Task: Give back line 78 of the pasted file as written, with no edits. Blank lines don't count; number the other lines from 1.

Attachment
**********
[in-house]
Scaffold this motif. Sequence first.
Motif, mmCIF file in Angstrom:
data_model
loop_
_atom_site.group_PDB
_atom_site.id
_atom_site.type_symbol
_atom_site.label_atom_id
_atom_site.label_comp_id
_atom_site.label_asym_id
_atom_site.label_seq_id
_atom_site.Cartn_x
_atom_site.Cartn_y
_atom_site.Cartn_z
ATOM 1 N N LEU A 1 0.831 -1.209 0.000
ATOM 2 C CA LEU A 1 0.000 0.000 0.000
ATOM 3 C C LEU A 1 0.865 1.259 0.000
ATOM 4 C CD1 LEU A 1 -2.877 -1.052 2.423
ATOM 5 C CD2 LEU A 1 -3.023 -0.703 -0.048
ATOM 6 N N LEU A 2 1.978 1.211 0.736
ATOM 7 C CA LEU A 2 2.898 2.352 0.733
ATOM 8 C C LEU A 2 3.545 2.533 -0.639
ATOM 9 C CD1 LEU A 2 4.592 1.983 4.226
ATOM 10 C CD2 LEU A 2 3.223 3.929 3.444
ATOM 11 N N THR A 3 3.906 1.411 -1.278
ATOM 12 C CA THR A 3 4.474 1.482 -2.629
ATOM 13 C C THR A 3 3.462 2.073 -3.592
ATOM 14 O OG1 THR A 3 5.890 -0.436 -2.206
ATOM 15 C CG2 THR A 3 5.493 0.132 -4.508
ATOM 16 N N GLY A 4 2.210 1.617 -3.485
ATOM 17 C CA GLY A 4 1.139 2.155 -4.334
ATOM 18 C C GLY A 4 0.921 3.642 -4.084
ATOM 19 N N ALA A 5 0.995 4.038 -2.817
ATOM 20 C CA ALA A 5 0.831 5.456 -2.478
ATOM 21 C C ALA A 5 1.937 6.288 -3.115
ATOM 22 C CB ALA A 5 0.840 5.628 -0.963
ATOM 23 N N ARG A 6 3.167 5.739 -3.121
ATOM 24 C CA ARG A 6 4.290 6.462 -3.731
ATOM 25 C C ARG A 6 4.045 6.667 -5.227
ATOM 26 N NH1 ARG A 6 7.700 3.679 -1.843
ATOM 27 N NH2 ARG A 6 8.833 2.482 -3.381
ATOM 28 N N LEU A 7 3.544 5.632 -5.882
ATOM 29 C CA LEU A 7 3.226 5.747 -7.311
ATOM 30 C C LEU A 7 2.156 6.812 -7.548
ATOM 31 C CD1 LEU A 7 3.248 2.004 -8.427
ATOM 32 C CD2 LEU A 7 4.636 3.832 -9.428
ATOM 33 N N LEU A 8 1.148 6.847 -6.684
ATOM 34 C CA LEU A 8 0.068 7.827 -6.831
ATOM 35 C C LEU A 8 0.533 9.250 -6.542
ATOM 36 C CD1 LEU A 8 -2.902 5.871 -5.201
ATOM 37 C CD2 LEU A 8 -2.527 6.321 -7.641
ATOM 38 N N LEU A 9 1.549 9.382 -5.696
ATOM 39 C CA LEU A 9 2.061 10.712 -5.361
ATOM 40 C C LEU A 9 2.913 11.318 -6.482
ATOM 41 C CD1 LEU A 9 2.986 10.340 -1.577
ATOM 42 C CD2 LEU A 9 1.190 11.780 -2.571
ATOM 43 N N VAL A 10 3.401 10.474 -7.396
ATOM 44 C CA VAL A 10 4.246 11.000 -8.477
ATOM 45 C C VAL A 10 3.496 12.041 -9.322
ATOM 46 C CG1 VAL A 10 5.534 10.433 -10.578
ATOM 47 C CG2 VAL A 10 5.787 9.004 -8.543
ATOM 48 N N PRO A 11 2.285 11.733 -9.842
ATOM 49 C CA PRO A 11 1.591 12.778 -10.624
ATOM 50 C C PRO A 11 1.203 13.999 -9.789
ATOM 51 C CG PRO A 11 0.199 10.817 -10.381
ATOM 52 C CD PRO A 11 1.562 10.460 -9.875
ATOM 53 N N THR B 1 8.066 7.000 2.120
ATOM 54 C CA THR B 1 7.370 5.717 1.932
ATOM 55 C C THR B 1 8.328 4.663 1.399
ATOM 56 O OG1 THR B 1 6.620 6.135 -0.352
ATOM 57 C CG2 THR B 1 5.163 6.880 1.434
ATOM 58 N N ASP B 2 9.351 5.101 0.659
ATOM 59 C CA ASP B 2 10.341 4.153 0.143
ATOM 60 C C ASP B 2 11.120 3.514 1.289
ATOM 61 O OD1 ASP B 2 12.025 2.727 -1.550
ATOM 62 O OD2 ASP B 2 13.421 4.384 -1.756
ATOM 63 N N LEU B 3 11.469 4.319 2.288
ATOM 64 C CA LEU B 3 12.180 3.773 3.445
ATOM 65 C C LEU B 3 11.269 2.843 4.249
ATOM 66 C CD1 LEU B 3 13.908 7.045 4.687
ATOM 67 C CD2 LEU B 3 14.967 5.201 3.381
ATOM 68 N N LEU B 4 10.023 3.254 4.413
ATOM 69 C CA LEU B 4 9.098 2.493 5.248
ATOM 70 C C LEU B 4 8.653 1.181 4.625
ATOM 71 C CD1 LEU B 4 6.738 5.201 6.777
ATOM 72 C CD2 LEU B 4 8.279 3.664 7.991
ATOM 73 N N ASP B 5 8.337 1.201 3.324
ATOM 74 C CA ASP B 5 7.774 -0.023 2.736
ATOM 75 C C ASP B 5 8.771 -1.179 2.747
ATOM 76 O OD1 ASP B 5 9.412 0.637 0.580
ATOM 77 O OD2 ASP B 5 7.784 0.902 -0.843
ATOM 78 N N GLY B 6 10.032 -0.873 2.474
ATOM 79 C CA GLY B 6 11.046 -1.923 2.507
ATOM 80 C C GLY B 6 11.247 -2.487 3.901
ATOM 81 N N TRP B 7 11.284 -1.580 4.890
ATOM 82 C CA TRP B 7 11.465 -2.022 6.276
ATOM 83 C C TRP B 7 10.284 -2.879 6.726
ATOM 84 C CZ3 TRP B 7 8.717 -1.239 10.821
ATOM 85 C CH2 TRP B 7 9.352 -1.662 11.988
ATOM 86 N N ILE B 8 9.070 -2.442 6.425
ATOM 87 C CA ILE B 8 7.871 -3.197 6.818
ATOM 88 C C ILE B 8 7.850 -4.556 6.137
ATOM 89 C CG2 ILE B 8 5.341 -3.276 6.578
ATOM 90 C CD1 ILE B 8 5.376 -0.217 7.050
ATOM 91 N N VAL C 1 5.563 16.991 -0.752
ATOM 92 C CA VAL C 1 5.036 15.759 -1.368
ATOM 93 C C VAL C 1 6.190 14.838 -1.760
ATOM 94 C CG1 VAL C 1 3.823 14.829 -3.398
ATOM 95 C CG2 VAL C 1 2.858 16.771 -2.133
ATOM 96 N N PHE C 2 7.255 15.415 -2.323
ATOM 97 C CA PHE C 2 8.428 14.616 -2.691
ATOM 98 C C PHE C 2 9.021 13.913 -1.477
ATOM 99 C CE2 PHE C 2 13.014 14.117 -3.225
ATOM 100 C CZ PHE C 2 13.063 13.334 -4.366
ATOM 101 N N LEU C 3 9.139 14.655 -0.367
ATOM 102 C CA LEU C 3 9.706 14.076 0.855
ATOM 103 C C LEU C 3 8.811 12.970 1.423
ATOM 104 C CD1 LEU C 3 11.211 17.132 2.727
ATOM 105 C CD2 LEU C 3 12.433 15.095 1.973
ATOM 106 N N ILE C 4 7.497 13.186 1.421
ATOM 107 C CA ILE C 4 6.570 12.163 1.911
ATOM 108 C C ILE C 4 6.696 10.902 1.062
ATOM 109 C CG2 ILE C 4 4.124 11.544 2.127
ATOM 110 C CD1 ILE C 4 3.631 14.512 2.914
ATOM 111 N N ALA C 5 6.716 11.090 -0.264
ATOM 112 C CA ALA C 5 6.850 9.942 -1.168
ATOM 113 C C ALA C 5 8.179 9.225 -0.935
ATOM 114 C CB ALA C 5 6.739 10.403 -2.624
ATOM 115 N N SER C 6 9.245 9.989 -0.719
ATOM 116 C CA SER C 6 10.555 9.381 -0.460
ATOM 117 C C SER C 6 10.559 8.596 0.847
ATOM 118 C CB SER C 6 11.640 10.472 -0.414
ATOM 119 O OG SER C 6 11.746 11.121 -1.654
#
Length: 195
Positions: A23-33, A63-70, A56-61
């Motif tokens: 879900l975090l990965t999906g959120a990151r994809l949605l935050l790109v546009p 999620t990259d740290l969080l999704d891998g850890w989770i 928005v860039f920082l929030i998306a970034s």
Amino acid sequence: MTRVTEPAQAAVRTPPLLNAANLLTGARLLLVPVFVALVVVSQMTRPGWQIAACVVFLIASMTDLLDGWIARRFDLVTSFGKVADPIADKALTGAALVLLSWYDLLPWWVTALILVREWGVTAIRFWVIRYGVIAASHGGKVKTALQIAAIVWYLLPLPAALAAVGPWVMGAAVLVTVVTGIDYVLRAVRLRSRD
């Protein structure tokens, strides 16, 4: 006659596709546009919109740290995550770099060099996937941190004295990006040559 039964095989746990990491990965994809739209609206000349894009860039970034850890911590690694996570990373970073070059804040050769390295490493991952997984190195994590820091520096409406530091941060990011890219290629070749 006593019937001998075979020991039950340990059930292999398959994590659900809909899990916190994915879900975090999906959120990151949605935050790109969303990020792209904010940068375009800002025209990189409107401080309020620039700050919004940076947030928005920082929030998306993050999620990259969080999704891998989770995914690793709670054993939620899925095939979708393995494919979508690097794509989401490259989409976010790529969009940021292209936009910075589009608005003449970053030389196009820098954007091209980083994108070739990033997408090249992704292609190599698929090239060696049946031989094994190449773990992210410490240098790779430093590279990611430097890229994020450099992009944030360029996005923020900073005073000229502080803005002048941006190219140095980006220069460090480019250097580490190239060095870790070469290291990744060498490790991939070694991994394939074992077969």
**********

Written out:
ATOM 63 N N LEU B 3 11.469 4.319 2.288